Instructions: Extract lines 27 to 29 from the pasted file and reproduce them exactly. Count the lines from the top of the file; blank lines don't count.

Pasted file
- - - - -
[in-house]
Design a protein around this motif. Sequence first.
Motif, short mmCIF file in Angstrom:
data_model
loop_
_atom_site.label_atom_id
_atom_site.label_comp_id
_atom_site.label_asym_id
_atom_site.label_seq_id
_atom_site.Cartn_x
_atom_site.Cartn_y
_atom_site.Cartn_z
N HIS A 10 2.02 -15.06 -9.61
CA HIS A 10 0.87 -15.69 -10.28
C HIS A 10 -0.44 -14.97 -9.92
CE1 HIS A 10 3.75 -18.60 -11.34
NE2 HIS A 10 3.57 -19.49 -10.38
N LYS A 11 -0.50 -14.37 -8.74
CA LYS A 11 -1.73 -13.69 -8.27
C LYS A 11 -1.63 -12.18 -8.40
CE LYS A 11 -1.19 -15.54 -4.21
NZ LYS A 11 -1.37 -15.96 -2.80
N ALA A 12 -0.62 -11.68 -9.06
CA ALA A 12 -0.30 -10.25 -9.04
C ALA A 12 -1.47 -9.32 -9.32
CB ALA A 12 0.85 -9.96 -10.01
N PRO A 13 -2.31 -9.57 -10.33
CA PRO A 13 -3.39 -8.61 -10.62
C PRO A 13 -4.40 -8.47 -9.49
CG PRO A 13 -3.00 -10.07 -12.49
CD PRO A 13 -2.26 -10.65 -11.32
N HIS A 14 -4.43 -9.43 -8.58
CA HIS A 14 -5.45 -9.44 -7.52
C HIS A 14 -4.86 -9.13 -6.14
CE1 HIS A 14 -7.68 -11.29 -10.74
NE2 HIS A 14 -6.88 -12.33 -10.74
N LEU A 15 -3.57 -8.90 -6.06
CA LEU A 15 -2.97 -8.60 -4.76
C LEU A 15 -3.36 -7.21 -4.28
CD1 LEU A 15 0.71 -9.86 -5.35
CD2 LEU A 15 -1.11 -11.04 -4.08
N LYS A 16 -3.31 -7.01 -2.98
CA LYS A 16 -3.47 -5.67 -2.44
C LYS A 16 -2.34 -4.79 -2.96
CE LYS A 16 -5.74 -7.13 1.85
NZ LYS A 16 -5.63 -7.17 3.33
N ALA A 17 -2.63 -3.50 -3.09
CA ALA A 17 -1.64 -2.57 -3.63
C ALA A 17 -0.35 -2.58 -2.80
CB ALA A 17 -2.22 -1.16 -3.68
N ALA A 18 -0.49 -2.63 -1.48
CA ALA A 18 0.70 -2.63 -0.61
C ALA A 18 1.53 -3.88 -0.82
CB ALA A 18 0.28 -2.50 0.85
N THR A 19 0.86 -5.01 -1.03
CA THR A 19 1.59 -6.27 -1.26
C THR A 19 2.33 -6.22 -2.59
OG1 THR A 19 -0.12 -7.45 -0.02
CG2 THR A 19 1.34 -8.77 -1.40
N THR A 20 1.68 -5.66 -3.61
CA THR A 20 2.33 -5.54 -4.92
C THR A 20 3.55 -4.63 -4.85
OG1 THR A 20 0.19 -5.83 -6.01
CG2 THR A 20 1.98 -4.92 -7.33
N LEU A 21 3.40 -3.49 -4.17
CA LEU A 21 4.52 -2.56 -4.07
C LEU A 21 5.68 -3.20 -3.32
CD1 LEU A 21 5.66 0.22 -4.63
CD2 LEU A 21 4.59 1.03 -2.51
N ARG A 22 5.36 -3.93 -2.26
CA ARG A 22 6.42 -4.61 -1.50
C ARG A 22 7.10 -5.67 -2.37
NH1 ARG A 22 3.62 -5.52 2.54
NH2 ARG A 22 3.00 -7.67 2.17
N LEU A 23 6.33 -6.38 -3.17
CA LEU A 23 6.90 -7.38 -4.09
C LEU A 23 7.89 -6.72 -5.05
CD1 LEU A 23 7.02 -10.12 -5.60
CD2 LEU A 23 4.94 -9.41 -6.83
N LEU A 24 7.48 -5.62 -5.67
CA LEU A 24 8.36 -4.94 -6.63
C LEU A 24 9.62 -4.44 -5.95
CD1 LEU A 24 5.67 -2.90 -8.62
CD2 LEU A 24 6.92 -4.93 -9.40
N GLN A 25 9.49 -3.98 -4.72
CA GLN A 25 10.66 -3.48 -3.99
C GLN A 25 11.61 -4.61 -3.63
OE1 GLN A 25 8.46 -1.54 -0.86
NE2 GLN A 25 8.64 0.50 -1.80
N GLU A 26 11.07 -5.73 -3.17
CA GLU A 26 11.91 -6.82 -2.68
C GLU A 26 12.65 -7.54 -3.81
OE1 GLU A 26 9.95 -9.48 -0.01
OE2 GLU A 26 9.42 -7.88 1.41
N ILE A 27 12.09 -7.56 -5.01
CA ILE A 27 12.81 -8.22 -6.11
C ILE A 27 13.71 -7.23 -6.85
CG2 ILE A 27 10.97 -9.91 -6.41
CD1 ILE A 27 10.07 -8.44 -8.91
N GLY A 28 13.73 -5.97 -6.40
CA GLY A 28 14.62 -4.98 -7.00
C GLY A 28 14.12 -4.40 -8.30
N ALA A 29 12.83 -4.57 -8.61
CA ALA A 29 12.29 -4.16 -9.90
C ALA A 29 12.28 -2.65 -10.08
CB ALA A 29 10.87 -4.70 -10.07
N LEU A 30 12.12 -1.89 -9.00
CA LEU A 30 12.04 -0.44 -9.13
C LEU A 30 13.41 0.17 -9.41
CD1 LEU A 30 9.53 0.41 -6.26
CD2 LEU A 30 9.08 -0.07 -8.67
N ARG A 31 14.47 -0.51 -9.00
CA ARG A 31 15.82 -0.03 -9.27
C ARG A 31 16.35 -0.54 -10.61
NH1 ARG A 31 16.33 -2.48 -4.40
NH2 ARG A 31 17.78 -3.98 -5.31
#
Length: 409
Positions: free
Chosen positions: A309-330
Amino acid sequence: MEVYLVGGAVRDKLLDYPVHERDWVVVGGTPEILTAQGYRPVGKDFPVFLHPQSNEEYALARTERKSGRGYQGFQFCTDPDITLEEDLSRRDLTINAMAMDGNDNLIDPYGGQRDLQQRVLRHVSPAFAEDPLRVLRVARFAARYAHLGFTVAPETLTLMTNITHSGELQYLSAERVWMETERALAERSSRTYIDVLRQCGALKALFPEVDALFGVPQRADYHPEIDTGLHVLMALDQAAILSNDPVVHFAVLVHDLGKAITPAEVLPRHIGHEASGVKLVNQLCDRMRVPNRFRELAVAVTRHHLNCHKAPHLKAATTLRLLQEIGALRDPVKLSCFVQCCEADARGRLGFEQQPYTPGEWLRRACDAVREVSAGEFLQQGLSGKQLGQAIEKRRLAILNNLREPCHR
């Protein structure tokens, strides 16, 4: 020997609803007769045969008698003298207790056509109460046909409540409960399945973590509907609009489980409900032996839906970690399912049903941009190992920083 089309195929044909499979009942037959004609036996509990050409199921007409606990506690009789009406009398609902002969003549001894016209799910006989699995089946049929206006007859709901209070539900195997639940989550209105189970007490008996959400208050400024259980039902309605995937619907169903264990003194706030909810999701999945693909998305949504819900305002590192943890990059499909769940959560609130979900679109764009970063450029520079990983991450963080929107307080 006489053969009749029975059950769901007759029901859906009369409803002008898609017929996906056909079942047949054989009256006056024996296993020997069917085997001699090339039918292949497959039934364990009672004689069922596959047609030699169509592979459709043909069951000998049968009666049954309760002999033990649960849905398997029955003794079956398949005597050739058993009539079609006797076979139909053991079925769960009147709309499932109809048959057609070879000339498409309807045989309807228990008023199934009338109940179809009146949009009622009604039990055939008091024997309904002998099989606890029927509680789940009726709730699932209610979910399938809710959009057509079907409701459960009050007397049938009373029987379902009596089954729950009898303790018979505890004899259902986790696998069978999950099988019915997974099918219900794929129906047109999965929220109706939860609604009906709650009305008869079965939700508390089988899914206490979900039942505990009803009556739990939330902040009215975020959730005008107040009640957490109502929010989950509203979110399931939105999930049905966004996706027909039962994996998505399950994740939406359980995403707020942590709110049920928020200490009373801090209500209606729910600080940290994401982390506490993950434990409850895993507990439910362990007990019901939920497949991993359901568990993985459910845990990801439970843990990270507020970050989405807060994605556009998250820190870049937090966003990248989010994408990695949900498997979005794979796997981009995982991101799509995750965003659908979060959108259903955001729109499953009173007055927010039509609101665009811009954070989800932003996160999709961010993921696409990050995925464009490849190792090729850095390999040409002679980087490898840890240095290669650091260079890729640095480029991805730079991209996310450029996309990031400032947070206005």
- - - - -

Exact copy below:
N PRO A 13 -2.31 -9.57 -10.33
CA PRO A 13 -3.39 -8.61 -10.62
C PRO A 13 -4.40 -8.47 -9.49